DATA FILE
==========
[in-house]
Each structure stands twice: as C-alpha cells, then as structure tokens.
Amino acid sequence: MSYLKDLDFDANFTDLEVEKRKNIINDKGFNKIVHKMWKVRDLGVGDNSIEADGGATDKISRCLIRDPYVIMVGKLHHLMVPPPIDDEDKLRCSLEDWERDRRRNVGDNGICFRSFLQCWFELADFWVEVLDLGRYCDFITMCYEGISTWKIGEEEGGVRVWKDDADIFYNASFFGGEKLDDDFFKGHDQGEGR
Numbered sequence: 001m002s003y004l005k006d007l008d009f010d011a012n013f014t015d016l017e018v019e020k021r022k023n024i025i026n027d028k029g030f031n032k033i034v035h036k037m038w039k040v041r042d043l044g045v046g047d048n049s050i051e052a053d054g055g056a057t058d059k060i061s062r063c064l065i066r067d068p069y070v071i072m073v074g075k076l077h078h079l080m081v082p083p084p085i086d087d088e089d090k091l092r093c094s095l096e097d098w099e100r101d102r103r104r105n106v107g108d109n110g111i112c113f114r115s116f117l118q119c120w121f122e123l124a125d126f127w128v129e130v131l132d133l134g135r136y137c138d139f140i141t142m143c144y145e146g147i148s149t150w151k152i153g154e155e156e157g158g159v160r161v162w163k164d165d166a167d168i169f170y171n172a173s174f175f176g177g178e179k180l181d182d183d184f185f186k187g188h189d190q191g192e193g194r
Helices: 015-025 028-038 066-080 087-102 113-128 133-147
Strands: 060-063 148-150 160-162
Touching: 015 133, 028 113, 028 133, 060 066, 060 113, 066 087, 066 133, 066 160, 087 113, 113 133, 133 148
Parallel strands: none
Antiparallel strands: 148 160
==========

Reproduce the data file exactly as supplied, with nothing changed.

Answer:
[in-house]
Each structure stands twice: as C-alpha cells, then as structure tokens.
Amino acid sequence: MSYLKDLDFDANFTDLEVEKRKNIINDKGFNKIVHKMWKVRDLGVGDNSIEADGGATDKISRCLIRDPYVIMVGKLHHLMVPPPIDDEDKLRCSLEDWERDRRRNVGDNGICFRSFLQCWFELADFWVEVLDLGRYCDFITMCYEGISTWKIGEEEGGVRVWKDDADIFYNASFFGGEKLDDDFFKGHDQGEGR
Numbered sequence: 001m002s003y004l005k006d007l008d009f010d011a012n013f014t015d016l017e018v019e020k021r022k023n024i025i026n027d028k029g030f031n032k033i034v035h036k037m038w039k040v041r042d043l044g045v046g047d048n049s050i051e052a053d054g055g056a057t058d059k060i061s062r063c064l065i066r067d068p069y070v071i072m073v074g075k076l077h078h079l080m081v082p083p084p085i086d087d088e089d090k091l092r093c094s095l096e097d098w099e100r101d102r103r104r105n106v107g108d109n110g111i112c113f114r115s116f117l118q119c120w121f122e123l124a125d126f127w128v129e130v131l132d133l134g135r136y137c138d139f140i141t142m143c144y145e146g147i148s149t150w151k152i153g154e155e156e157g158g159v160r161v162w163k164d165d166a167d168i169f170y171n172a173s174f175f176g177g178e179k180l181d182d183d184f185f186k187g188h189d190q191g192e193g194r
Helices: 015-025 028-038 066-080 087-102 113-128 133-147
Strands: 060-063 148-150 160-162
Touching: 015 133, 028 113, 028 133, 060 066, 060 113, 066 087, 066 133, 066 160, 087 113, 113 133, 133 148
Parallel strands: none
Antiparallel strands: 148 160